Ah, Okichi. Ichi has had many female admirers before (one per film, more or less), but most of the time their interest in him isn’t reciprocated; or, if it is in Ichi’s heart, he never lets his head get in the way and always leaves. Here, though, this feels genuinely like a romance. A lot of credit for this surely belongs to actress Michiyo Yasuda — as Walter Biggins lays out at Quiet Bubble, she “gives simmering intensity and density to a role that seems implausible on the page. It’s not that Katsu is unattractive, and he definitely has a bumbling charm, but this woman falls in love with the dude who killed her brother and who she savagely slashed with a knife during their first meeting. Yasuda makes Okichi’s turnabout seem natural and realistic […] rather than crazed.”

There’s quality throughout Pilgrimage’s supporting cast. Isao Yamagata makes for a top-drawer villain as ‘smelly’ Tohachi, the local boss and horse trader (hence why he smells of horse manure). He gets a lot of good screen time alongside Ichi himself, trading veiled threats as much as physical assaults. His confidence makes for a nice change from the recent bad guys, who generally cower from Ichi’s reputation. Also, his weapon of choice is a bow and arrow, an unusual armament for this sword-focused series, but it leads to a couple of fun demonstrations of Ichi’s skill. Equally great is Masao Mishima as village headman Gonbei, jovially smiling and laughing while he’s threatened, or while discussing the conquering of their village, or while scheming and plotting to let Ichi fight on their behalf but without their backing. The villagers’ hiding is partly cowardice, but also a cunning scheme that, basically, gives them plausible deniability. Sneaky so-and-so.

Tis but a scratch!

The skilfulness extends behind the camera, too. I’ve already discussed screenwriter Shindo, but fans of the Zatoichi series will have good reason to recognise the name of director Kazuo Ikehiro: he previously helmed Chest of Gold and Flashing Sword, two of the best-directed Zatoichi films, and Pilgrimage can comfortably join their ranks. The whole film is nicely directed, with beautiful shot choices and framing, but particular standout sequences include an underwater sword fight (it’s only brief, but it’s effective), and a fantastic opening scene where Ichi punishes a brazen purse snatcher (credit to Shindo, again, for setting up some of the film’s themes and mirroring its finale as Ichi steps up from a crowd of do-nothings to bring justice). Some bad news, though: this is Ikehiro’s final contribution to the series, sadly.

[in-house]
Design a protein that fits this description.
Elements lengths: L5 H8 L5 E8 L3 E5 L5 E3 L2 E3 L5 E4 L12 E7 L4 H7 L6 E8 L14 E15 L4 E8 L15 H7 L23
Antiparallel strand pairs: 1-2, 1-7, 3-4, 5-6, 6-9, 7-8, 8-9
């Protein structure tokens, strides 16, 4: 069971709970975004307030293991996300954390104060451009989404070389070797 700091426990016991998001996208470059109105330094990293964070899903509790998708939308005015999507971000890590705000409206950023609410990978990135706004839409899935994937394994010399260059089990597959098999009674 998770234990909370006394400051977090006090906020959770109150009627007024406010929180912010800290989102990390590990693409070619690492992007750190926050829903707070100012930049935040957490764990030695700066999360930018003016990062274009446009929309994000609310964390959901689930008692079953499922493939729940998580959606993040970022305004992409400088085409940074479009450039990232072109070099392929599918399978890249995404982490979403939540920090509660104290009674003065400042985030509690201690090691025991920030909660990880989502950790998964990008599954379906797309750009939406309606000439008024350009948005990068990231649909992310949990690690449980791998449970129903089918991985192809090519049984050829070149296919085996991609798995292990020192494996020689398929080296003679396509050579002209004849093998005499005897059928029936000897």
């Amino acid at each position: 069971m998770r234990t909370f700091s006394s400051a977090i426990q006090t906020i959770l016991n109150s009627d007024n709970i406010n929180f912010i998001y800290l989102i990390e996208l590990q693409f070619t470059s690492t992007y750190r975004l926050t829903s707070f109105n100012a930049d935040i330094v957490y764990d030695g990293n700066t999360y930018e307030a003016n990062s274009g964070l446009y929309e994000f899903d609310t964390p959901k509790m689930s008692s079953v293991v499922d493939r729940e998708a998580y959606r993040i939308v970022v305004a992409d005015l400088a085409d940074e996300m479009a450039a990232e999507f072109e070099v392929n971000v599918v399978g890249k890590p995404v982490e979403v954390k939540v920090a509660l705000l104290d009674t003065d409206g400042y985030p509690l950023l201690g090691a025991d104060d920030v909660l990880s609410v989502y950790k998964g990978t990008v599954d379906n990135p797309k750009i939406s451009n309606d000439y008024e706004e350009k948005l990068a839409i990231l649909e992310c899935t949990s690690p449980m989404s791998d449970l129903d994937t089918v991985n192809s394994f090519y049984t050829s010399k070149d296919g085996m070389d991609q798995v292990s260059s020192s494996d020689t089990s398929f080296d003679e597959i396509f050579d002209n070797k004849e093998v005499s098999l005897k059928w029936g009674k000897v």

At least he goes out on a high. As Bill Hunt and Todd Doogan of The Digital Bits put it, Zatoichi’s Pilgrimage is “one of the crown jewels of the series.” It’s little wonder Tarantino was considering a remake.

5 out of 5

Zatoichi’s Pilgrimage placed 13th on my list of The 26 Best Films I Saw For the First Time in 2018.

Criterion’s Blu-ray box set of the Zatoichi films is available in the UK as of this week.

* If you purchased a UK DVD titled Zatoichi’s Pilgrimage back in the ’00s, it wasn’t this film. For reasons unknown, a company called Artsmagic released the 23rd film, Zatoichi at Large, under the wrong title. There’s more information about that here. ^

Advertisements

Zatoichi’s Flashing Sword (1964)

aka Zatôichi abare tako

2018 #50
Kazuo Ikehiro | 82 mins | Blu-ray | 2.35:1 | Japan / Japanese

Zatoichi's Flashing Sword

Zatoichi’s built up quite the reputation by the beginning of this seventh adventure: his previous escapades have left many gangs gunning for him — literally, as it turns out, because the story begins with Ichi getting shot by an opportunistic nobody. Fortunately for everyone’s favourite blind masseur-cum-swordsman, the guy’s clearly not a great shot, and a friendly passerby sees to it that Ichi gets the care he needs. Later Ichi sets about tracking down his mysterious benefactor, which puts him in the middle of a conflict between two gangs — what else is new? This time they’re arguing over a free fireworks display and the rights to provide a river crossing service. Sounds a bit less violently dramatic than normal, doesn’t it? But when gangsters don’t get what they want…